In Memory Of Our Friend Paul Olivier Craig Doria

January 2017 - Volume 15 - 1

In Memory Of Our Friend Paul Olivier Craig Doria


Our great friend and colleague, Paul Olivier, passed away tragically and suddenly at the beginning of December at the young age of 34 in Arusha, Tanzania.

To say hunting was Paul’s passion would be an understatement. He started hunting when he was ten years old, and did not stop until his life ended. He wanted more though, so after school he studied Nature Conservation at Pretoria Technikon so that he would have a strong background in conservation, as all good hunters should. Paul completed this course by working a yearlong practical component on a crocodile farm in Cahora Bassa, Mozambique, and guiding safaris in the remote Niassa province of Northern Mozambique.

Paul also successfully attended several professional hunter courses, but returned to the field as quickly as he could, living his dream of being a PH. After the year in Mozambique, he joined Tanzania Game Tracker Safaris in 2005 and from that moment never looked back, obtaining full membership of both the Tanzania Professional Hunters Association and the African Professional Hunters Association. He was a truly ethical and successful PH.

Just as hunting was Paul’s first passion, rugby was his second. He played rugby his entire life, throughout school and later in Tanzania where he was a strong member of the Arusha Rhinos Rugby Club and also of the Tanzania National Team.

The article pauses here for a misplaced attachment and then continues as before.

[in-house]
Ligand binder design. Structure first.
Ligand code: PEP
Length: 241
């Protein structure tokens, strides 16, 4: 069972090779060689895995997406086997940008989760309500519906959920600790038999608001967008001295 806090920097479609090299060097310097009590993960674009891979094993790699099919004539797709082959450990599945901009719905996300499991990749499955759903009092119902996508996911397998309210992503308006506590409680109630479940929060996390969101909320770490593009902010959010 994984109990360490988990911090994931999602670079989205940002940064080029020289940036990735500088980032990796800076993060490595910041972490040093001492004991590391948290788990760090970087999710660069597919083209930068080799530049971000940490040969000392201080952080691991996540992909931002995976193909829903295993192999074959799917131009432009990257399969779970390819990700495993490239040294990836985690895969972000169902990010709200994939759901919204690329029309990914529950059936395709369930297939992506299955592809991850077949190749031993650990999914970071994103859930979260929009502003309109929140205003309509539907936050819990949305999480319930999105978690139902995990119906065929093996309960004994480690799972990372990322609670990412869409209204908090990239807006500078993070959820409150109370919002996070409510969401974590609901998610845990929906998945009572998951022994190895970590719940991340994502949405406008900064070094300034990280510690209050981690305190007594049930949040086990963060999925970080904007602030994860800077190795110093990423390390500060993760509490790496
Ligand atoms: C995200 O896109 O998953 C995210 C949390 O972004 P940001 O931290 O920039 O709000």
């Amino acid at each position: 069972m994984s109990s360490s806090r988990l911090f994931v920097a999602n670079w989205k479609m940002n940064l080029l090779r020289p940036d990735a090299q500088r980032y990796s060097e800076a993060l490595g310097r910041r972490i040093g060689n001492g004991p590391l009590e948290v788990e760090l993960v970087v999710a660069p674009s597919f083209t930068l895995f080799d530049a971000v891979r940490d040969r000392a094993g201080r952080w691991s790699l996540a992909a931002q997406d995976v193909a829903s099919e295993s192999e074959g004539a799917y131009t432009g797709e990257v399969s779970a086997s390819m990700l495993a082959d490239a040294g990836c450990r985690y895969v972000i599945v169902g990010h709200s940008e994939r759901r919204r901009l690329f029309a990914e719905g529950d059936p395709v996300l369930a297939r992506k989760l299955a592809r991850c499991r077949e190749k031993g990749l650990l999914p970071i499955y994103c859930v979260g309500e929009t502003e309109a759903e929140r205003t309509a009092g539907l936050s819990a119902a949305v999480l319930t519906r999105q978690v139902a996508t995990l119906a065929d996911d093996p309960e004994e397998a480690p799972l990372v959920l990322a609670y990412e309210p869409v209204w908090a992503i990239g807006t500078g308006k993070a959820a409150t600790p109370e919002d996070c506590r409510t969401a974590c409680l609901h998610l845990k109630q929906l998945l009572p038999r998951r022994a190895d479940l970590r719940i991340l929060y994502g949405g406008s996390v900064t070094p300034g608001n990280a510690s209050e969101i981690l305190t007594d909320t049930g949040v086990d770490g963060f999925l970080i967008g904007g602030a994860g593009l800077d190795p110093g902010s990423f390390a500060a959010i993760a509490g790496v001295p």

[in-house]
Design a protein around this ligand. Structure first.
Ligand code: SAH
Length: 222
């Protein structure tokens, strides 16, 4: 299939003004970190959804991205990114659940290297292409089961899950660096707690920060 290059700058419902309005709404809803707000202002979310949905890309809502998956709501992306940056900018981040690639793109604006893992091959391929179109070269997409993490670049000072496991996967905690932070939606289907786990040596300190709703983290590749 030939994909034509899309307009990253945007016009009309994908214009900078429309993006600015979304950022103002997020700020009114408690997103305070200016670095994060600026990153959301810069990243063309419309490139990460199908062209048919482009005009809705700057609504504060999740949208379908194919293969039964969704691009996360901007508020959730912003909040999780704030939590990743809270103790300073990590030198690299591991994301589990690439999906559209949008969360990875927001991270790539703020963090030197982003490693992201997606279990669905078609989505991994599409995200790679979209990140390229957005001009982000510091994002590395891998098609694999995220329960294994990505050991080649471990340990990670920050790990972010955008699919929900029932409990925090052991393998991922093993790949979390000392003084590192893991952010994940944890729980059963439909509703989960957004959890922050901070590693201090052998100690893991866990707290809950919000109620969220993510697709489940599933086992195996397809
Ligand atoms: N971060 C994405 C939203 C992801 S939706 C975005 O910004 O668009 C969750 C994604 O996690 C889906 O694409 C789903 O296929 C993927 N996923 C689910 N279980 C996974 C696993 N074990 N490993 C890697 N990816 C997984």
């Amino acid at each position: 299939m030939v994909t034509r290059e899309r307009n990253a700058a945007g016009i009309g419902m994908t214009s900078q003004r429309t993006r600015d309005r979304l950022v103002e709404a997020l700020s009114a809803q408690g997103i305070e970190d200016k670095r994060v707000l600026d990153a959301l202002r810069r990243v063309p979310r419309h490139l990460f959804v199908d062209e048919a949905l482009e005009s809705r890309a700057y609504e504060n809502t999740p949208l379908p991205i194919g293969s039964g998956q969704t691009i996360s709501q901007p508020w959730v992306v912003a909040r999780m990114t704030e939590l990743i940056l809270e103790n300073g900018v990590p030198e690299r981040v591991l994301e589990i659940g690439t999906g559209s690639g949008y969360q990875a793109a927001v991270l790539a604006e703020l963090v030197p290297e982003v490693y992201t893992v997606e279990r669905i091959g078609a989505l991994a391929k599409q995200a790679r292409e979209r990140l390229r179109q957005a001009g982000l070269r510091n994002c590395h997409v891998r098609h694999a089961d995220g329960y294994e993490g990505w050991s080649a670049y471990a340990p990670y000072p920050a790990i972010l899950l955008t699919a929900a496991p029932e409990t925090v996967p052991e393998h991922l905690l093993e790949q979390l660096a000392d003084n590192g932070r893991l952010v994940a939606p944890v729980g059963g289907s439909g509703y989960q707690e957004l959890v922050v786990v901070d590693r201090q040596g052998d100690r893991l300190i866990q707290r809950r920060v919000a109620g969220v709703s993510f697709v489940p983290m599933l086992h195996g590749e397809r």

Paul was one of those rare people who, when asked if something could be done, gave a quiet and calm answer of “100%”, as he wandered off to “get it sorted”. It was easy to see when meeting Paul, and the longer one spent with him the clearer it became, that he was capable, brave and honorable beyond question. He had a quiet, understated confidence, and was a true and loyal friend. Paul was a good man who always gave that 100%.

There is a verse by the writer-singer Leonard Cohen that is not easy or comfortable, but then neither is the passing of a good person and friend. The words suggest a poignant blending of our human faults as well as the hope that friends and family need in times like these

The birds they sang at the break of day. Start again I heard them say. Don’t dwell on what has passed away Or what is yet to be. The wars they will be fought again. The holy dove she will be caught again, Bought and sold and bought again The dove is never free. Ring the bells that still can ring Forget your perfect offering There is a crack in everything That’s how the light gets in.

Rest in Peace Mr. Hundred Percent!